Trade and Investment

Two wheels that show the changing shape of global trade

A worker walks in a shipping container area at the Port of Shanghai April 10, 2012. China returned to an export-led trade surplus of $5.35 billion in March, heralding the prospect that a rebound in the global economy is lifting overseas orders just in time to compensate for a slowdown in domestic demand.

Developing economies now play a much bigger part in the flow of trade around the world. Image: REUTERS/Aly Song

Joe Myers
Writer, Forum Agenda
Our Impact
What's the World Economic Forum doing to accelerate action on Trade and Investment?
The Big Picture
Explore and monitor how Trade and Investment is affecting economies, industries and global issues
A hand holding a looking glass by a lake
Crowdsource Innovation
Get involved with our crowdsourced digital platform to deliver impact at scale
Stay up to date:

Trade and Investment

If you’ve ever doubted the increasing role of developing economies in global trade, this graphic from the Financial Times will change that.

Compared to a quarter of a century ago, developing economies now play a much bigger part in the flow of trade around the world. This expansion has been felt most keenly in developing Asian economies, as their exports have grown significantly over the period.

 The changing shape of global trade
Image: Financial Times

A larger version of the graphic is available here.

The wheels show both exports of goods as a percentage of global GDP, and also the final destinations of these exports.

So what has changed?

The increasing importance of developing economies is clear. All emerging regions have made gains over the period and nowhere is this expansion more obvious than in Asia.

A World Trade Organisation report illustrates “the conjunction of technical, institutional and political changes” that have developed trade networks across East Asia. Globalization, as developed economies took advantage of the supply potential in the developing world, has also played a significant role. The spreading of production across the world – or ‘global manufacturing’ as the WTO term it – has changed the very nature of international trade.

The chart also highlights the significance of exports within Asia. The role of trade agreements such as the Association of Southeast Asian Nations Free Trade Area is likely to have been an important driving force behind this.

Developed Europe remains the dominant global player, with the European Union the world’s biggest trader. The organization believes the benefits of the single market are clear: “Both European and international consumers and investors enjoy the many benefits of a simplified system – in an area where people, goods, services and money can move freely.”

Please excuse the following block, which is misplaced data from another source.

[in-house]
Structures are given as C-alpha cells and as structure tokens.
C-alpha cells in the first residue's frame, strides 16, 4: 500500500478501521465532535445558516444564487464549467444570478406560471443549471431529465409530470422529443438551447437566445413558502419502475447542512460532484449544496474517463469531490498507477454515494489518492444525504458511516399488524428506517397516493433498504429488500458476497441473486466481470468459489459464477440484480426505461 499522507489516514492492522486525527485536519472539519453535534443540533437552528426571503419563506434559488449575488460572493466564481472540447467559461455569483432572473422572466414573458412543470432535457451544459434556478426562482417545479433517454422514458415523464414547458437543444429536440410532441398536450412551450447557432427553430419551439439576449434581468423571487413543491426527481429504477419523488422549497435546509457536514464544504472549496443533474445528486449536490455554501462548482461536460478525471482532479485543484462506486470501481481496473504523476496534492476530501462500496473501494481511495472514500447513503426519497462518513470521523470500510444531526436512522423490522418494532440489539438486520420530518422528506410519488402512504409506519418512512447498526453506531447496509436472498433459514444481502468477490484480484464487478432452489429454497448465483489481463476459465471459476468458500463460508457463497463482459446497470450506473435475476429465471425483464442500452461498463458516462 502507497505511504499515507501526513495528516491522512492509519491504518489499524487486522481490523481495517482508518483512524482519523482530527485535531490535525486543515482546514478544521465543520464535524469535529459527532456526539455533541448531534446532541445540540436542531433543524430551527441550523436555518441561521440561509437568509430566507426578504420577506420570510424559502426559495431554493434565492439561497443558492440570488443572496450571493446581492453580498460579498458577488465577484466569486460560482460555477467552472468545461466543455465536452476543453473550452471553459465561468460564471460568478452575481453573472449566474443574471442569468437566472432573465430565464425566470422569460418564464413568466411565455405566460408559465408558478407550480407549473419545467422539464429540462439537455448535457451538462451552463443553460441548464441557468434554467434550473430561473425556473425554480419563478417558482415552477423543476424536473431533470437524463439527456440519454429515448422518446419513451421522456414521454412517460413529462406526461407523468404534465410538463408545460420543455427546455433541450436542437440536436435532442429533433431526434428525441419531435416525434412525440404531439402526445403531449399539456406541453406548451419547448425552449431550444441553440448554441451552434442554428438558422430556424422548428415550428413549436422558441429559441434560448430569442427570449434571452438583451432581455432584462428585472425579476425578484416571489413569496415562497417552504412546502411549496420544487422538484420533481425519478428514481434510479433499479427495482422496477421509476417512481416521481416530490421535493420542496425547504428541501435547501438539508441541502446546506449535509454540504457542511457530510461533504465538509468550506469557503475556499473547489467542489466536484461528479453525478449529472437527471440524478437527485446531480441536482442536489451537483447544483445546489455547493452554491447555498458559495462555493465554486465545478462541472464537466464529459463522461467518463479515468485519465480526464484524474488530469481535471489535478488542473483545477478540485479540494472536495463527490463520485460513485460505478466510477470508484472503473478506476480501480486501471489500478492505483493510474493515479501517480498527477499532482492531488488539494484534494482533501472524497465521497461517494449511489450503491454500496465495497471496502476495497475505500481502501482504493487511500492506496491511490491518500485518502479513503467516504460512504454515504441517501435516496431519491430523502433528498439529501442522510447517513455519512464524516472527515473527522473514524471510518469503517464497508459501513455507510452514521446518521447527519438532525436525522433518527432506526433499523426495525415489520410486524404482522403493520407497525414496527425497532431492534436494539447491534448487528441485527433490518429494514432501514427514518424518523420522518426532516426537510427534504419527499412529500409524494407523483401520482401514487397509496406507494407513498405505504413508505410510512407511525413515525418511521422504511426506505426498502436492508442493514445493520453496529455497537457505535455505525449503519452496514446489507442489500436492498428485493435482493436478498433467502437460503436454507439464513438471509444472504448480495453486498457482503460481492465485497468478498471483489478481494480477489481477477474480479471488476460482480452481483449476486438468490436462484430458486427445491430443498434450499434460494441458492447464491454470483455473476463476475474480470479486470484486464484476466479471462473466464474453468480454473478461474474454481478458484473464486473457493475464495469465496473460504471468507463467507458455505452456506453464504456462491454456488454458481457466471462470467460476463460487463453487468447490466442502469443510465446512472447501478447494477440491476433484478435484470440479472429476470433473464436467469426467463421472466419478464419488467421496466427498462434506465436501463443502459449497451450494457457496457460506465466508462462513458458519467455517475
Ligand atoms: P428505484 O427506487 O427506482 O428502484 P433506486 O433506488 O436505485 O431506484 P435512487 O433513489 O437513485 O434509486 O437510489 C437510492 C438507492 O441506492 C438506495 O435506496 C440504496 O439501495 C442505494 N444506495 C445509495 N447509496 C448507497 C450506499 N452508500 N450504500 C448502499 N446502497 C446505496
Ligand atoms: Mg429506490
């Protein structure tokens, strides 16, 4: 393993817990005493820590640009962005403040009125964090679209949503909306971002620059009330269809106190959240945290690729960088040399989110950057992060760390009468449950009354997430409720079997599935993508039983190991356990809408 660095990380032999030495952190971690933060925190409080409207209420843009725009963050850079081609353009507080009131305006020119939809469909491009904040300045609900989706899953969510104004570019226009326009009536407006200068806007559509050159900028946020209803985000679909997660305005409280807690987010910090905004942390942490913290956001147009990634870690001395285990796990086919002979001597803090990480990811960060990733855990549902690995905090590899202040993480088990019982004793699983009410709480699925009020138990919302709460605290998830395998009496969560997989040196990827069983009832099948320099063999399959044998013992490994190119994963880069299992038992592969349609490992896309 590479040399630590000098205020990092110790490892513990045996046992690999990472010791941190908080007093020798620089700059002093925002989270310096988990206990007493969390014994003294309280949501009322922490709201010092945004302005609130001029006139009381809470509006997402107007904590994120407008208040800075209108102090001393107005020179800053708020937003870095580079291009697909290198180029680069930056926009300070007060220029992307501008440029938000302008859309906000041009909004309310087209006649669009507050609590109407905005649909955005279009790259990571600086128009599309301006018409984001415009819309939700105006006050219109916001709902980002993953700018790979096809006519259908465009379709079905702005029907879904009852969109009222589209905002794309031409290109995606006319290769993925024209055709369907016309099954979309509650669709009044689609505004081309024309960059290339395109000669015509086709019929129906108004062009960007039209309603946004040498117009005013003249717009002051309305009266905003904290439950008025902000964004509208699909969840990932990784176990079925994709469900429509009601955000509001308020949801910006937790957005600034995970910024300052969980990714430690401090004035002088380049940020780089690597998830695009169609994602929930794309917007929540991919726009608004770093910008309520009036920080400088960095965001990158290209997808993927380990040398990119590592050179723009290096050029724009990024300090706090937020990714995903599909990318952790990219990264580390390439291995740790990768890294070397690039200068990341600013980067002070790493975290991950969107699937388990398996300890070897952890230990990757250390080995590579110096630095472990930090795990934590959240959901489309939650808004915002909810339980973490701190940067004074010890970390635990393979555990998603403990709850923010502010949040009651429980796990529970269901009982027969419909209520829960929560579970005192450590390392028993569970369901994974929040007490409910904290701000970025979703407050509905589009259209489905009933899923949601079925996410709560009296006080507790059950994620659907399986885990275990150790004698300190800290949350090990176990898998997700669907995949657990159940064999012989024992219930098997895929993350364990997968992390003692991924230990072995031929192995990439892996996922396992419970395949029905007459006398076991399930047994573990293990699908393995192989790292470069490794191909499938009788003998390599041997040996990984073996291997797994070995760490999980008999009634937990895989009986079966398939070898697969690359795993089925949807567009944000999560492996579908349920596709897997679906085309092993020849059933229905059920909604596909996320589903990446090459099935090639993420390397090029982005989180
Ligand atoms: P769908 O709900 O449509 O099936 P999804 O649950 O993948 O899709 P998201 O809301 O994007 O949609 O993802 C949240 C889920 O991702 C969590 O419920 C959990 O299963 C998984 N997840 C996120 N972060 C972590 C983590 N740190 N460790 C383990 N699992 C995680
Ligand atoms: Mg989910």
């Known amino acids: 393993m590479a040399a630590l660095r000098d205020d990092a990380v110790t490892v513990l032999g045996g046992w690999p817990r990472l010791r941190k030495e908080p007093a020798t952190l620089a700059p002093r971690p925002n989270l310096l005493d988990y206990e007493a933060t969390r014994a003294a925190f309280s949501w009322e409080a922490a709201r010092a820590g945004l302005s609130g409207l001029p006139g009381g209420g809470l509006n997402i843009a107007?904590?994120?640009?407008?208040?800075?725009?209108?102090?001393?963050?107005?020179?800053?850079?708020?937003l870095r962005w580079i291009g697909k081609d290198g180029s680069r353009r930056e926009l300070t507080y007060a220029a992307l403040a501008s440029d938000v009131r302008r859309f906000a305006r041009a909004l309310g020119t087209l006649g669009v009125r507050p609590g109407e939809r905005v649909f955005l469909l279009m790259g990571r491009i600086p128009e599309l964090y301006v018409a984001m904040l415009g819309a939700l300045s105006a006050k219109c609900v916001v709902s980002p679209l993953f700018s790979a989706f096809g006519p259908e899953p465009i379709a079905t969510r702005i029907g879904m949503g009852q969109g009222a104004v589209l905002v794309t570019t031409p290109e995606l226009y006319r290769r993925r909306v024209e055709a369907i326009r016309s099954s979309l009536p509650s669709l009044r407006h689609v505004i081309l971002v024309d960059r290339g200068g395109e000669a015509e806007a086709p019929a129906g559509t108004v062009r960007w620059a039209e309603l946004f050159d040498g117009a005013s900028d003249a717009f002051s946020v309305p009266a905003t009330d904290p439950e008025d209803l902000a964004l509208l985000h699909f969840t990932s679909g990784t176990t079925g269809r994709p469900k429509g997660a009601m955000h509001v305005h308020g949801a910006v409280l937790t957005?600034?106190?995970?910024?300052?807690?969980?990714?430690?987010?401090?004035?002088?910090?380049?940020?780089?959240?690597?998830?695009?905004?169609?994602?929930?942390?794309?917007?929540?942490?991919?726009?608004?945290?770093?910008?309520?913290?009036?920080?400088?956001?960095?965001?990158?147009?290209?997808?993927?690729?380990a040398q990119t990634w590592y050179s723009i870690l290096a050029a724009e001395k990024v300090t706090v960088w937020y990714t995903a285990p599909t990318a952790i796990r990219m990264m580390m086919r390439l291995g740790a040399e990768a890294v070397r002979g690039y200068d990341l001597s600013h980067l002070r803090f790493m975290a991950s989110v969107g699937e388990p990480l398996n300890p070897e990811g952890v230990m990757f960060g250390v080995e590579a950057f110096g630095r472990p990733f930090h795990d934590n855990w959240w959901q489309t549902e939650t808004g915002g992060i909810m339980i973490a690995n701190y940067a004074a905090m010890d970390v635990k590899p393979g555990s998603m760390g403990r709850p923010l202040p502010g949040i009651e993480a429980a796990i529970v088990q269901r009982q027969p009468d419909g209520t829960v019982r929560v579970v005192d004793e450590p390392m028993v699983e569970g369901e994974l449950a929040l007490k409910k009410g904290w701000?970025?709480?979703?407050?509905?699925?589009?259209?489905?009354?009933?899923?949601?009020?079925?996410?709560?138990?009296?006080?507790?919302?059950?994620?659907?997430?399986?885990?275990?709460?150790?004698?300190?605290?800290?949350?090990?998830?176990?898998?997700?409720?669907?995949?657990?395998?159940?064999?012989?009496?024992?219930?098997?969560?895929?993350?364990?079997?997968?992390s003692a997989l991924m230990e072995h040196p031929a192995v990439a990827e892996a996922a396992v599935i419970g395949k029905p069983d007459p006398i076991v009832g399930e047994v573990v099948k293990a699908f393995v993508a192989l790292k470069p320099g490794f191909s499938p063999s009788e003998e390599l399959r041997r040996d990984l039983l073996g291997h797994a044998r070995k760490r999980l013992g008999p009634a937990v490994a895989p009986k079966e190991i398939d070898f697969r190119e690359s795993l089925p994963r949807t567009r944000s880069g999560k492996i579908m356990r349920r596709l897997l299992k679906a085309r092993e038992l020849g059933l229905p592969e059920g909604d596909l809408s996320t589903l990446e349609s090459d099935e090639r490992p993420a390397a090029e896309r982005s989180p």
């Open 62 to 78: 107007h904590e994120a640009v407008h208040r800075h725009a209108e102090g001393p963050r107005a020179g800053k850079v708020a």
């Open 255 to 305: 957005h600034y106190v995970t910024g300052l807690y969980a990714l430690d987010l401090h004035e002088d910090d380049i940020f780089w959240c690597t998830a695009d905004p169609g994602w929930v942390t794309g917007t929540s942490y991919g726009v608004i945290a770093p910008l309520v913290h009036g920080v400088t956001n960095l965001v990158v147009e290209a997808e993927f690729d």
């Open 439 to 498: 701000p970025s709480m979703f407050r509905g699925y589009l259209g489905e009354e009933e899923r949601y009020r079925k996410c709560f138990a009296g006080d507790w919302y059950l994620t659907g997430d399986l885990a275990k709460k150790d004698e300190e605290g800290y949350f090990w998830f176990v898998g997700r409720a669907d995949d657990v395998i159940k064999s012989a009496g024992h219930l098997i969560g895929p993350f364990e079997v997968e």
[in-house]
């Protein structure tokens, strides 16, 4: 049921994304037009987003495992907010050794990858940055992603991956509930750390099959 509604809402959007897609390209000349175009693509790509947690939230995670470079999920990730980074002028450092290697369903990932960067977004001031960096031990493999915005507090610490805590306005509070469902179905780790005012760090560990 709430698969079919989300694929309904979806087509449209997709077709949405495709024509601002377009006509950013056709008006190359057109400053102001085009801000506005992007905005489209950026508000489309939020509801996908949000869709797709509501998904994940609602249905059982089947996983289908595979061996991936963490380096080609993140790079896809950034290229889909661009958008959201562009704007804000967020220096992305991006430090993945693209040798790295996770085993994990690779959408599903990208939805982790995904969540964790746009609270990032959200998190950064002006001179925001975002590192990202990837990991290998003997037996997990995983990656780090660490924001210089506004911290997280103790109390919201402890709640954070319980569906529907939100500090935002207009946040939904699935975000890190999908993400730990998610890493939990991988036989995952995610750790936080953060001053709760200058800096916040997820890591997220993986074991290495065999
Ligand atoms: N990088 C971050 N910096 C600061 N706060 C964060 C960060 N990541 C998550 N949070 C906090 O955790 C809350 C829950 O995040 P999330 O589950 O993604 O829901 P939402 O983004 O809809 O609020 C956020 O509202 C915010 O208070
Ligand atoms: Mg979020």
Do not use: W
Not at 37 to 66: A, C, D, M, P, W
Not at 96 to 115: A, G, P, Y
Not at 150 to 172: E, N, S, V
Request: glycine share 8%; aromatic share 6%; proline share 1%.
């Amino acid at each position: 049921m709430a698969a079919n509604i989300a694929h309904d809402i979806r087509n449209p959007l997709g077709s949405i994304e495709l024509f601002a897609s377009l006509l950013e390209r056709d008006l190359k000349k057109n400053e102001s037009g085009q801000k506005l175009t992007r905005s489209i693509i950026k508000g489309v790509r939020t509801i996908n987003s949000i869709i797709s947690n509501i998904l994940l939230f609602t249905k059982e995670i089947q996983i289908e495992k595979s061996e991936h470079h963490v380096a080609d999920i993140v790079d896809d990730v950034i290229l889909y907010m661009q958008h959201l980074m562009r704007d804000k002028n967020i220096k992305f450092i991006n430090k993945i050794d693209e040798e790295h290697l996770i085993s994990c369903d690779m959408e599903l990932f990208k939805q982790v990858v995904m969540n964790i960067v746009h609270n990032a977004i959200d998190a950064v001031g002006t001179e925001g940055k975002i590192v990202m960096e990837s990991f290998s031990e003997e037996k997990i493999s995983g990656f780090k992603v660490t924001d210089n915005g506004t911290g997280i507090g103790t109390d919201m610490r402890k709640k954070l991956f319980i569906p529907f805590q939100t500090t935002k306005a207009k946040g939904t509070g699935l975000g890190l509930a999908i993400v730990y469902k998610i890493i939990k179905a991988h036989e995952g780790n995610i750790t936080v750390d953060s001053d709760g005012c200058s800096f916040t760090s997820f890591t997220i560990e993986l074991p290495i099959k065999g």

Interestingly, by 2014, inter-regional European trade had become smaller relative to the global situation. The destinations and origins of trade in Europe had also become much more international. As this map emphasizes, the EU is negotiating, or has in place, trade agreements with nations across the world.

 The state of EU trade
Image: EU

Sub-Saharan Africa and Latin America have also seen growth, alongside the Middle East and North Africa.

Why does trade matter?

The World Economic Forum’s E15 Initiative has emphasized the importance of efficient global trade in fostering economic growth. The scale and complexity of the modern, globalized, system is made clear by visualizations such as these, of global shipping.

 Global shipping routes
Image: Kiln

As developing economies increase their volume of exports around the world, they too can take advantage of the economic benefits of efficient trade. Ensuring everyone has a seat at the trading table can therefore help encourage sustainable development and inclusive growth.

Have you read?

Don't miss any update on this topic

Create a free account and access your personalized content collection with our latest publications and analyses.

Sign up for free

License and Republishing

World Economic Forum articles may be republished in accordance with the Creative Commons Attribution-NonCommercial-NoDerivatives 4.0 International Public License, and in accordance with our Terms of Use.

The views expressed in this article are those of the author alone and not the World Economic Forum.

World Economic Forum logo
Global Agenda

The Agenda Weekly

A weekly update of the most important issues driving the global agenda

Subscribe today

You can unsubscribe at any time using the link in our emails. For more details, review our privacy policy.

It’s been a record-setting year for global travel – here’s how we make tourism inclusive and sustainable

Nicola Villa

June 14, 2024

About Us



Partners & Members

  • Join Us

Language Editions

Privacy Policy & Terms of Service

© 2024 World Economic Forum